Mormons, J.W.’s, Masons and More…

On any given morning nearly anywhere in America, it is usual see Jehovah’s Witnesses canvassing the neighborhood . I often see Mormon Missionaries as well. Though both of these groups are (rightly) classified as false religions they are particularly bothersome in that they view themselves as being within the stream of historic Christianity. That is they consider themselves Christian, though their teachings are actually at odds with the truth. Other groups such as the Masons  find succor within the church, even though their doctrines and religion is decidedly not Christian.

So how did this happen? How can these admittedly very large groups who deny the fundamental doctrines and tenants of Christianity come to view themselves, and even to be viewed by others, as Christian?

It is a complicated question and any answer has many factors to take into account. Yet, for Roman Catholic apologist the answer is simple: it is the fault of the Reformation. For as one of them warned in some place or another “if you guys go on like this it won’t be long before everyman interprets scripture for himself and chaos will reign” and then point to the Mormons and JW ‘s and Oneness Pentecostals as proof. Their point is of course that without the Church to interpret Scripture, Scripture can mean anything.

Now admittedly the warning seems to have some merit. However it is a warning directed at a problem that was, in terms of Reformational Theology, a sort of “straw man” for no Magisterial Reformer, or anyone following in their footsteps, ever contemplated such a thing. In other words the Reformers did recognize tradition as a hermeneutical control, a point Keith Matheson has very ably made here .

So if not the Reformers, then who?

As I said at the start, the answer is complicated and includes many factors (The Enlightenment, rationalism, the devil etc.) but I think one place we can point to as a sort of cause for Mormons etc. is American style democracy and especially American individualism, as exemplified in congregational ecclesiology and the mindset behind it.

Let me illustrate by way of this short anecdote. While pastoring a church in the Mid-West I became involved in a discussion about church polity and especially the polity of our church (the one I pastored). During the course of our discussion I asked this question; does the Holy Spirit speak through the will of the congregation, or to put it another way around, can we take the outcome of a congregational vote to be the leading of The Holy Spirit? And the answer was “yes”. I pointed out to the parishioner in question that the position he was holding to was not a whole lot different than that of The Roman Catholic Church, but to no avail.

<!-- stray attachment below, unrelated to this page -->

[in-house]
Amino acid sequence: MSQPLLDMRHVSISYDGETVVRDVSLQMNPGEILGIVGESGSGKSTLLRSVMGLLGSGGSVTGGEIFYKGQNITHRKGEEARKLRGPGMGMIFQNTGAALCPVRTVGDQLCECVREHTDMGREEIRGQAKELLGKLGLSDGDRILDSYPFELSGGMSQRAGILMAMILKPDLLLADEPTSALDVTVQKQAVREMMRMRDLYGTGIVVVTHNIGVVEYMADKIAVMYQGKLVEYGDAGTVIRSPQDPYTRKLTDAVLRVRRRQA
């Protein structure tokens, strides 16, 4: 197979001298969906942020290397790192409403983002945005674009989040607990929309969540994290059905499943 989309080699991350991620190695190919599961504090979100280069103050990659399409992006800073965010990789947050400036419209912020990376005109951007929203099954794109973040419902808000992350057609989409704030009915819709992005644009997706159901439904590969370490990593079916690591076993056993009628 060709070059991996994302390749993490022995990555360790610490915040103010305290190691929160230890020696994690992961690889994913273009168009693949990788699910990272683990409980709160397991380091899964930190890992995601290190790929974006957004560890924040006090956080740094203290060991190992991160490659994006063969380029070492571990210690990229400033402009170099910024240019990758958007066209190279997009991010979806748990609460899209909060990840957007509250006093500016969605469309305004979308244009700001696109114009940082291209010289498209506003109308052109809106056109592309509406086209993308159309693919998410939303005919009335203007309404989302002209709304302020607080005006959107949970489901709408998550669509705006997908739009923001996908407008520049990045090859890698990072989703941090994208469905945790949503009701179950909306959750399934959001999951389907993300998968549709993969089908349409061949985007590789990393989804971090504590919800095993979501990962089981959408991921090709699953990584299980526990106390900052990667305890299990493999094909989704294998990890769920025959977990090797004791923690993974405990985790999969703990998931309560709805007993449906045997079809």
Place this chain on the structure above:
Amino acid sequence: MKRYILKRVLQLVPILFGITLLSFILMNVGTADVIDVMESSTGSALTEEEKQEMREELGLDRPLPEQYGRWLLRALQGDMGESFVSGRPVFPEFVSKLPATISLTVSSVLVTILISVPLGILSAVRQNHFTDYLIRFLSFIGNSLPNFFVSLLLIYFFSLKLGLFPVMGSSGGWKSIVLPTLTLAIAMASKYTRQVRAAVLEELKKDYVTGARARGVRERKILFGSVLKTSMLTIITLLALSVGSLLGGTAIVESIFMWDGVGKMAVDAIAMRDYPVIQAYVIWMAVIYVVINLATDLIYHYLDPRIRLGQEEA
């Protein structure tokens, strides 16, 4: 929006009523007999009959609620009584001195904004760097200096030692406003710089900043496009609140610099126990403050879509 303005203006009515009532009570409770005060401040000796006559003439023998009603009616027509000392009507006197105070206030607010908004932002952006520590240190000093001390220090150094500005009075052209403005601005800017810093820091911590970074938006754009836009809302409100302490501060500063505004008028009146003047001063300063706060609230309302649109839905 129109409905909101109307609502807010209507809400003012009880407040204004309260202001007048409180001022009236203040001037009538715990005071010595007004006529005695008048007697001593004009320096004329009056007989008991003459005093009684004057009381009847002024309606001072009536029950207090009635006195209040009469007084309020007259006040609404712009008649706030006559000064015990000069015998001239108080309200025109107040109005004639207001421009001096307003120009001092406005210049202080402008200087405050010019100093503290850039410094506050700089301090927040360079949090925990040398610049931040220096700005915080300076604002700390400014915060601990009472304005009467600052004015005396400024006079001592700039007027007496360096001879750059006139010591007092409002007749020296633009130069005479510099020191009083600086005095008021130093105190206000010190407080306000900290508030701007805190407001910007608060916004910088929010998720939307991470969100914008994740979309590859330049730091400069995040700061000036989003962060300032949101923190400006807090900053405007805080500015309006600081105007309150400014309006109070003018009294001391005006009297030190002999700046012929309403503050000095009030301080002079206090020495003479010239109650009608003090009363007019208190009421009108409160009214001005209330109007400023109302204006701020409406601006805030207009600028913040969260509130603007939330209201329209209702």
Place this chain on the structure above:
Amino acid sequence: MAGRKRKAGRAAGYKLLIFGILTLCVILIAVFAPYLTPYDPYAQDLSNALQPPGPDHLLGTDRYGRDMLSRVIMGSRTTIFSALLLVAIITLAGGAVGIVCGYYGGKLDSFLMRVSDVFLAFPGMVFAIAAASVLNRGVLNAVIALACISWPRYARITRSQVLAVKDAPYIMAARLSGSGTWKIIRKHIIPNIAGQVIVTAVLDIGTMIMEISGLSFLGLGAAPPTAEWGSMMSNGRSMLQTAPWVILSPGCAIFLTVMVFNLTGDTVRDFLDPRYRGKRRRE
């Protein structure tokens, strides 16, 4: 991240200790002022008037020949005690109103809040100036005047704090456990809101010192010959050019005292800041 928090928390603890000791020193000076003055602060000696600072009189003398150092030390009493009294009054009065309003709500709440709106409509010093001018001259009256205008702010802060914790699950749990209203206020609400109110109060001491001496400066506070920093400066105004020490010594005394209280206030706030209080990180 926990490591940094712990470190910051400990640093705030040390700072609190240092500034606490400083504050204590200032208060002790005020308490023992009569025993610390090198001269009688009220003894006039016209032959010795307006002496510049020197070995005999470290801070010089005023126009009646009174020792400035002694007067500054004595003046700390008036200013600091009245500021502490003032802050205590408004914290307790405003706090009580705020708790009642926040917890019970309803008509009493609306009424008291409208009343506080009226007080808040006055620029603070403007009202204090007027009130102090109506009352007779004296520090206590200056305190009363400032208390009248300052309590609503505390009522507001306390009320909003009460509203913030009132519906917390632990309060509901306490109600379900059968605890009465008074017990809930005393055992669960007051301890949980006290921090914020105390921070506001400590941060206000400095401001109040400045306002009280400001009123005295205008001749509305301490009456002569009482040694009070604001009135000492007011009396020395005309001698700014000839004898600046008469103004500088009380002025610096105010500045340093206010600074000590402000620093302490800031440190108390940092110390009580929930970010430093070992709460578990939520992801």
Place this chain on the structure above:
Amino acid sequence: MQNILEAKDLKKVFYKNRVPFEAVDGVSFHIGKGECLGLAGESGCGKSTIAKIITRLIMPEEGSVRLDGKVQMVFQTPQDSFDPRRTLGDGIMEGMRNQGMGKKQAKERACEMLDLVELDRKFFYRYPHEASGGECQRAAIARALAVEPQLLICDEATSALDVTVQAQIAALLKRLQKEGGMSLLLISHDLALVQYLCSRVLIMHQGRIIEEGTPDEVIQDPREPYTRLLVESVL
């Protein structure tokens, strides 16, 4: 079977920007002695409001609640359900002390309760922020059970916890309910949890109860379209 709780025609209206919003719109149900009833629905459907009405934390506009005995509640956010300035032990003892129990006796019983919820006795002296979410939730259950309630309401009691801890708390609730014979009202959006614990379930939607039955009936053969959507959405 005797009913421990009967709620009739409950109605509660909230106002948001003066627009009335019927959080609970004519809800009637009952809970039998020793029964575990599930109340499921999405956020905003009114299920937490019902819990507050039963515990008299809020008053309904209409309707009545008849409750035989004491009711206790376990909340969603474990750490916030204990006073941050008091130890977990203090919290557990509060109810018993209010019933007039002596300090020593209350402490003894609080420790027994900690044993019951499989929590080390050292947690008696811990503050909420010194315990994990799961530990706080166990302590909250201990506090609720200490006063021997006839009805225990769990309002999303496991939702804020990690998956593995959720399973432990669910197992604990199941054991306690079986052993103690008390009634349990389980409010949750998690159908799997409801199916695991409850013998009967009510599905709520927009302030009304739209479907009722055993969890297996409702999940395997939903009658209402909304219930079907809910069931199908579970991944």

So what does all of this have to do with Mormons and JW‘s and all the rest? Well, back to the Roman Catholic caveat. For, at the end of the day they were correct, not about the Reformers, but about the danger. Moreover, while it cannot be said that the Reformers were guilty of such individualism it can be said to be so of most of American Evangelicalism, who hold not to the Protestant doctrine of Sola Scriptura but to”Solo” and so indeed, it is every man, or congregation, for him or themselves.

It is a very bad and ironic sort of situation. One that puts a large segment of American Protestants in a position from where it is really hard to see (at least logically) why there should be any problem at all with JW’s, Mormons, T.D. Jakes or any other heretic one might like to mention.

Now admittedly the above is a bit of a simplistic sketch of the problem and at the end of the day we have to also understand that Mormons, Jehovah’s Witnesses, Oneness Pentecostals, Masons and the rest are all victims of satanic deception and so are the work of the devil. Yet, the entrenchment of individualism and individual rights so basic to the American psyche has proved to be a very convenient handle for him. One that only a return to a proper (dare I suggest “catholic”) understanding of individualism, hermeneutics and the church can remove.

Published by Fr. Rogers Meredith

I am an Anglican Priest Canonically Resident in the Episcopal Diocese of Ft. Worth , Anglican Church of North America. .

2 thoughts on “Mormons, J.W.’s, Masons and More…

  1. Freemasonry is a fraternity not a religion. One of your Bishops is a proud member of one of the Lodges in Round Rock. For the rest of your article I agree with your assessment.


    1. The gentlemen in question is indeed a Bishop but not in the ACC, he was ordered in another jurisdiction. I believe he is retired. It is also true that all the clergy of the parish you mention are Masons. I have complained about it but no action has been taken by the College of Bishops. I could argue with you about the religious nature of Masonry but sufficient to say no one but a Mason actually knows since it is a secret society. I could tolerate a Mason in the parish but would not vote to ordain one. Thanks for your comments and thanks for reading the post!


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